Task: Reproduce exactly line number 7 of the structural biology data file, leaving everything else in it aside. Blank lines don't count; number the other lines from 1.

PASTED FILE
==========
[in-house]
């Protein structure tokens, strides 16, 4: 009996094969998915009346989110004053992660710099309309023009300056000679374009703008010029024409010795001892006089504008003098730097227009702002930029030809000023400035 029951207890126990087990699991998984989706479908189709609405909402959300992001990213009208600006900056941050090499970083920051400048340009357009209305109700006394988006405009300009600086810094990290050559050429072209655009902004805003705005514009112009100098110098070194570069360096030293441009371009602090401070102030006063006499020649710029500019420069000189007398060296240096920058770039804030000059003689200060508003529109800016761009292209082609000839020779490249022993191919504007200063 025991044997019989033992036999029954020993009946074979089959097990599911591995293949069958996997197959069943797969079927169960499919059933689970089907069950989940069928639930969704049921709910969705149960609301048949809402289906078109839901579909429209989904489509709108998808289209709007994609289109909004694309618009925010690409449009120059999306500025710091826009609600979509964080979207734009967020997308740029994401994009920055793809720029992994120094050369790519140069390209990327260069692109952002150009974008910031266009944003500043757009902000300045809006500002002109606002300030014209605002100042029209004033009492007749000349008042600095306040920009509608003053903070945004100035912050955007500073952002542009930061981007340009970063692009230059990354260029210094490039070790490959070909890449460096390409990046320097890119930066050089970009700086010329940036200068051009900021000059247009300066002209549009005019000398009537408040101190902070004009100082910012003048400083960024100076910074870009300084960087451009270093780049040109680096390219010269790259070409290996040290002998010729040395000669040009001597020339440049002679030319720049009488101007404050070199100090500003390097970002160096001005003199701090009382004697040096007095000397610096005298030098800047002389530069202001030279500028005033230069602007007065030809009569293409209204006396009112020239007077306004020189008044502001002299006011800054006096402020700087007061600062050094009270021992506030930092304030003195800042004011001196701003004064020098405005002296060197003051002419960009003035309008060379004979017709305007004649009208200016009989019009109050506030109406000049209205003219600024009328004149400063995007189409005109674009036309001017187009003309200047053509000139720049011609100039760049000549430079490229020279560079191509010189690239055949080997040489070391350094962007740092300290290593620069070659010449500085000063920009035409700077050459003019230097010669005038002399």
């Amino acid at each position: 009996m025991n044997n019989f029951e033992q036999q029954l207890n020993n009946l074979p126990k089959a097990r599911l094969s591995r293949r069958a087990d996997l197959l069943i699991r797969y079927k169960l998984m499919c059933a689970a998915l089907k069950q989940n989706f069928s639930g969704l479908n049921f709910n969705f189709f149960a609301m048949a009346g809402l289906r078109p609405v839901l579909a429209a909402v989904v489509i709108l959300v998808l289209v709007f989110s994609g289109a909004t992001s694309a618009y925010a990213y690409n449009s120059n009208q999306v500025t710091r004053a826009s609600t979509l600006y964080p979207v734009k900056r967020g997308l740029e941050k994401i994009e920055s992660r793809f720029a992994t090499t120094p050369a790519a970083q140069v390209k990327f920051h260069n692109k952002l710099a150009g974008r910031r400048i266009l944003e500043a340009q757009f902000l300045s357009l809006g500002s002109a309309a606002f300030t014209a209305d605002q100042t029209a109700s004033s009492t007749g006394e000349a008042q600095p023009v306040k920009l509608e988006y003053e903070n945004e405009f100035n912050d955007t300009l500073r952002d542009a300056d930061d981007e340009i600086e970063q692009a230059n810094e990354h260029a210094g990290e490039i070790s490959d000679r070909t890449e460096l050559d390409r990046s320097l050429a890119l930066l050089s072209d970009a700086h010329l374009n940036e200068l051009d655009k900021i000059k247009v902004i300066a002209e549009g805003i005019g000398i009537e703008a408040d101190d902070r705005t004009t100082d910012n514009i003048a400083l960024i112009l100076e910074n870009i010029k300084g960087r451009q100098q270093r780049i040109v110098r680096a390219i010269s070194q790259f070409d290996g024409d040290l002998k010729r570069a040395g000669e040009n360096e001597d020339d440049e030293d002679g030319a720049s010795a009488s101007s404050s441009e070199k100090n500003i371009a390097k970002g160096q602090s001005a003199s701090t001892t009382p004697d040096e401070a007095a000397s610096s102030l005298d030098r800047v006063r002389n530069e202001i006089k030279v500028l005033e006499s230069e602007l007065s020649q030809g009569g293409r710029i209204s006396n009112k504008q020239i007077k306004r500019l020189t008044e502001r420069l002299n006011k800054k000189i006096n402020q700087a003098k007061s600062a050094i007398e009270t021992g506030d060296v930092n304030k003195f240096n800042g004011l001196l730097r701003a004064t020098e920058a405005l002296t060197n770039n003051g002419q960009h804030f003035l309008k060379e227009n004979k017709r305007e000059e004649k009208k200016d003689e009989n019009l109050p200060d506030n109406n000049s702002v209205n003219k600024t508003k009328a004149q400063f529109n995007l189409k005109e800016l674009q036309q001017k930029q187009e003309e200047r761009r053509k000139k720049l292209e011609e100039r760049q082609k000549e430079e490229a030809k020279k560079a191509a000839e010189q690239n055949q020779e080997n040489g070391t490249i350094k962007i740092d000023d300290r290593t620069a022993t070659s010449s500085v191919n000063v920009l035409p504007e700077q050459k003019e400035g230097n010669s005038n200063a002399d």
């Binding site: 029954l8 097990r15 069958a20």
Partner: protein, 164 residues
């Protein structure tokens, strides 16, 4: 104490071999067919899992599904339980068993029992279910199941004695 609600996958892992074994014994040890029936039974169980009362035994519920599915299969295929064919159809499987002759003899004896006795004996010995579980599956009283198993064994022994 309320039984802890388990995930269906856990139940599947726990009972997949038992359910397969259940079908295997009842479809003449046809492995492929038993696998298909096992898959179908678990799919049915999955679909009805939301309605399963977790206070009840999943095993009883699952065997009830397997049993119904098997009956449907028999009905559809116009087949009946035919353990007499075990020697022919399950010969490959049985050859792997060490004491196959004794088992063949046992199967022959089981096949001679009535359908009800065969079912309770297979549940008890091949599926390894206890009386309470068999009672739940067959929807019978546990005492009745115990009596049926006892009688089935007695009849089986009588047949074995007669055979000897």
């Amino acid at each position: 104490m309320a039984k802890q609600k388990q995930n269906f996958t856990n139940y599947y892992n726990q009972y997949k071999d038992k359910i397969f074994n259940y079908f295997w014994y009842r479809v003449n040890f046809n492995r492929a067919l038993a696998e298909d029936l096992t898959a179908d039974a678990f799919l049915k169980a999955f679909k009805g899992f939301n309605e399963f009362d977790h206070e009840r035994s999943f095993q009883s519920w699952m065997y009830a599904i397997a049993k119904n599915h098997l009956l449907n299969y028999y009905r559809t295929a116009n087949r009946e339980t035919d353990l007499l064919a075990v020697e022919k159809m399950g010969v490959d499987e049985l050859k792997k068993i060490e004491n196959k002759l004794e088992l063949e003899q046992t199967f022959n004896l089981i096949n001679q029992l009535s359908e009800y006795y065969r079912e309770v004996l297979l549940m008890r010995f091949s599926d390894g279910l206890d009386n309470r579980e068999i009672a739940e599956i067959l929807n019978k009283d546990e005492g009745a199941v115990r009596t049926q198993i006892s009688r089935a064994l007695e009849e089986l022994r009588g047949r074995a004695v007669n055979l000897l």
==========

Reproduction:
């Amino acid at each position: 104490m309320a039984k802890q609600k388990q995930n269906f996958t856990n139940y599947y892992n726990q009972y997949k071999d038992k359910i397969f074994n259940y079908f295997w014994y009842r479809v003449n040890f046809n492995r492929a067919l038993a696998e298909d029936l096992t898959a179908d039974a678990f799919l049915k169980a999955f679909k009805g899992f939301n309605e399963f009362d977790h206070e009840r035994s999943f095993q009883s519920w699952m065997y009830a599904i397997a049993k119904n599915h098997l009956l449907n299969y028999y009905r559809t295929a116009n087949r009946e339980t035919d353990l007499l064919a075990v020697e022919k159809m399950g010969v490959d499987e049985l050859k792997k068993i060490e004491n196959k002759l004794e088992l063949e003899q046992t199967f022959n004896l089981i096949n001679q029992l009535s359908e009800y006795y065969r079912e309770v004996l297979l549940m008890r010995f091949s599926d390894g279910l206890d009386n309470r579980e068999i009672a739940e599956i067959l929807n019978k009283d546990e005492g009745a199941v115990r009596t049926q198993i006892s009688r089935a064994l007695e009849e089986l022994r009588g047949r074995a004695v007669n055979l000897l």